The City of the Dead

The City of the Dead
Fecha de publicación: 
18 June 2022
Imagen principal: 

Photo: Arián López

Dargavs is a small village located in the valley of  the Midagrabidon River in the Republic of North Ossetia, in the North Caucasus region of Russia, surrounded by five mountain gorges.

Its uniqueness goes beyond the high mountain ranges. It is the site of an ancient cemetery known among locals as the city of the dead. Almost one hundred tombs dating back to the 14th century are an emblematic representation of Ossetian architecture. Each one belongs to a family; the larger the structure, the highest the number of bodies buried there.

History tells that the graves were used as a place of volunteer exile for local dwellers who suffered from a cholera epidemic that hit the mountain people in the 18th and 19th centuries.

At that time the infectious disease left many people dead, breaking entire lineages. As a result, the population of North Ossetia decreased from 200,000 in the late 18th century to 16,000 in the mid-19th century.

There is a well in front of each tomb. The story goes that once the body was buried, a coin was thrown into it; if it hit the stone at the bottom and sounded, it meant that the soul of the deceased had reached heaven.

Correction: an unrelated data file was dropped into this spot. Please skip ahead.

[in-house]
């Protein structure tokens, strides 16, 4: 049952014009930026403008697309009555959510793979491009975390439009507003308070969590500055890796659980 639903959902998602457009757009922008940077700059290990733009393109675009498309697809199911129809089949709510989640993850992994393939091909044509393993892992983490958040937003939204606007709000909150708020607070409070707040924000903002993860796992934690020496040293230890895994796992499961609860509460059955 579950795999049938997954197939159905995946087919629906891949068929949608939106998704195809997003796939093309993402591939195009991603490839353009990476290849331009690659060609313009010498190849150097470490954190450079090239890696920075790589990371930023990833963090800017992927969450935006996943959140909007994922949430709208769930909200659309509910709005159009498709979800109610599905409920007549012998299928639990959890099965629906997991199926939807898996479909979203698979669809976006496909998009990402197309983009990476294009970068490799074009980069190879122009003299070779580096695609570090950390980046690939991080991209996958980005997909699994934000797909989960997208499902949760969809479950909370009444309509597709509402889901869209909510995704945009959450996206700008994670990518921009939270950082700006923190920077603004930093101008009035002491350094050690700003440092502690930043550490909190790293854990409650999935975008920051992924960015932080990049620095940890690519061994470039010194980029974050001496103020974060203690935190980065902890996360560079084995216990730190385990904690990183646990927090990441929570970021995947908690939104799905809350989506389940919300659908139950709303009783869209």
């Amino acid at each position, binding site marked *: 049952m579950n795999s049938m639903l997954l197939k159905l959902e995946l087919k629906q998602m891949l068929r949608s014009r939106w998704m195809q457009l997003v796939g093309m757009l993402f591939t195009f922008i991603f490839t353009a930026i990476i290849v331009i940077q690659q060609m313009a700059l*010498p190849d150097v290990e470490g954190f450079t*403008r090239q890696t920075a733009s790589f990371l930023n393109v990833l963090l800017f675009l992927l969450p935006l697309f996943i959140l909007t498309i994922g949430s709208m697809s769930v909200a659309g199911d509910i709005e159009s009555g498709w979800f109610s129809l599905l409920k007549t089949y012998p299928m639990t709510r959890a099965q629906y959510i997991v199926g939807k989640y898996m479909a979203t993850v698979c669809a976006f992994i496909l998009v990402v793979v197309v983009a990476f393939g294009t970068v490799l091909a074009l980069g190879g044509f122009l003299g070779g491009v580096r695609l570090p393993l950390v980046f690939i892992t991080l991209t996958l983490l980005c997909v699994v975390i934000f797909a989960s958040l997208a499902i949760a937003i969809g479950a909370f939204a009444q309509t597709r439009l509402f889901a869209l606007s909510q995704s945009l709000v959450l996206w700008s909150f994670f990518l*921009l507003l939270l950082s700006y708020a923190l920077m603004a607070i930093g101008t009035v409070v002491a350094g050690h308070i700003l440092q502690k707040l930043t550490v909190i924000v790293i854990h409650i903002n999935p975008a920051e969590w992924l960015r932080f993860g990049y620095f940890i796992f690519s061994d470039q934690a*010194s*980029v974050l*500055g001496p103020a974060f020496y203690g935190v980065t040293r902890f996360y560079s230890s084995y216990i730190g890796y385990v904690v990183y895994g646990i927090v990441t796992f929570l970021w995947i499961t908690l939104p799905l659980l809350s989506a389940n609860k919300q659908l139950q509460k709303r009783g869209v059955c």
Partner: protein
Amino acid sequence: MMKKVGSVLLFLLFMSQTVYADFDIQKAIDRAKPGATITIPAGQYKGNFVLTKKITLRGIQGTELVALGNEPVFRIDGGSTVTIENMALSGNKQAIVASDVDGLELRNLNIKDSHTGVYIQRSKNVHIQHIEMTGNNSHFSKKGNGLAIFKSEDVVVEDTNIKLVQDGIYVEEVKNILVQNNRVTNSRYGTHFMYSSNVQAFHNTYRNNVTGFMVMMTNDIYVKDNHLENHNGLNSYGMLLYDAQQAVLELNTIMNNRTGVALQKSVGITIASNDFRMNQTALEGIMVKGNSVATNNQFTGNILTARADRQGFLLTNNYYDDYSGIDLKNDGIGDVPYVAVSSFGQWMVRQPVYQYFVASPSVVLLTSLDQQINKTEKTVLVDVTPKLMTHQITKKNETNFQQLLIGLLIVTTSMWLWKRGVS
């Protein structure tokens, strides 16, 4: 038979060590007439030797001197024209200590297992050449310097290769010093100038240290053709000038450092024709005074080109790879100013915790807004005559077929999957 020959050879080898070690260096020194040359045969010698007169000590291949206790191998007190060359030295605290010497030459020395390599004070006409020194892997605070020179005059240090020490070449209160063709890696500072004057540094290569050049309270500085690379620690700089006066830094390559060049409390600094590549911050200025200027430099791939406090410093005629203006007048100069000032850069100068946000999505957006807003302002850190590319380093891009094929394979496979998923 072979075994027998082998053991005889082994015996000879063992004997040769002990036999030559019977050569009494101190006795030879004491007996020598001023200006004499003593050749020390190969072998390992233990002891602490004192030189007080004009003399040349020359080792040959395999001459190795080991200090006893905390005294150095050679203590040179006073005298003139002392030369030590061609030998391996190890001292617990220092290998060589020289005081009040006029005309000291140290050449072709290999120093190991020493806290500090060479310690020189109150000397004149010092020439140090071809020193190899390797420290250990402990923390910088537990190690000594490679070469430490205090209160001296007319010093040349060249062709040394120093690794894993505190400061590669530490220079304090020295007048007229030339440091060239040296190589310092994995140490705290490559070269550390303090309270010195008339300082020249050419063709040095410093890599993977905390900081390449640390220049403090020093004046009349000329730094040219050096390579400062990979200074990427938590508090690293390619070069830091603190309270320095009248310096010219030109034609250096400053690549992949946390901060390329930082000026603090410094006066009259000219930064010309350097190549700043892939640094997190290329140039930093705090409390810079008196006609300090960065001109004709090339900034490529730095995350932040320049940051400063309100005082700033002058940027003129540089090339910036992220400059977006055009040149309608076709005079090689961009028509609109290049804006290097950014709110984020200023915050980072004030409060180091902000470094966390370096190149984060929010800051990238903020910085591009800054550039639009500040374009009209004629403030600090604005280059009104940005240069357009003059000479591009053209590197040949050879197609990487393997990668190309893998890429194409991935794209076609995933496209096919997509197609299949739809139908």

When the graves were studied, archaeologists found objects belonging to different historical stages. The most incredible one are boats that had several bodies inside. In one of them, an oar was even found.

Their relatives believed everything that they used during their life and that, they believed, would be useful to them in the other world.

But why did medieval Ossetians need boats in the mountains without large navigable rivers? That is one of the mysteries that science cannot explain yet.

However, according to local beliefs, the dead must cross a river to reach the other world, so burying them in such boats helped them in the journey.

This remote area also has beautiful landscapes from the top of the mountains, impressive towers located on summits that served remote villages to communicate among them, and a natural setting as untouched as in few other sites, along with a unique Caucasian cuisine and the endless hospitality of Ossetians.

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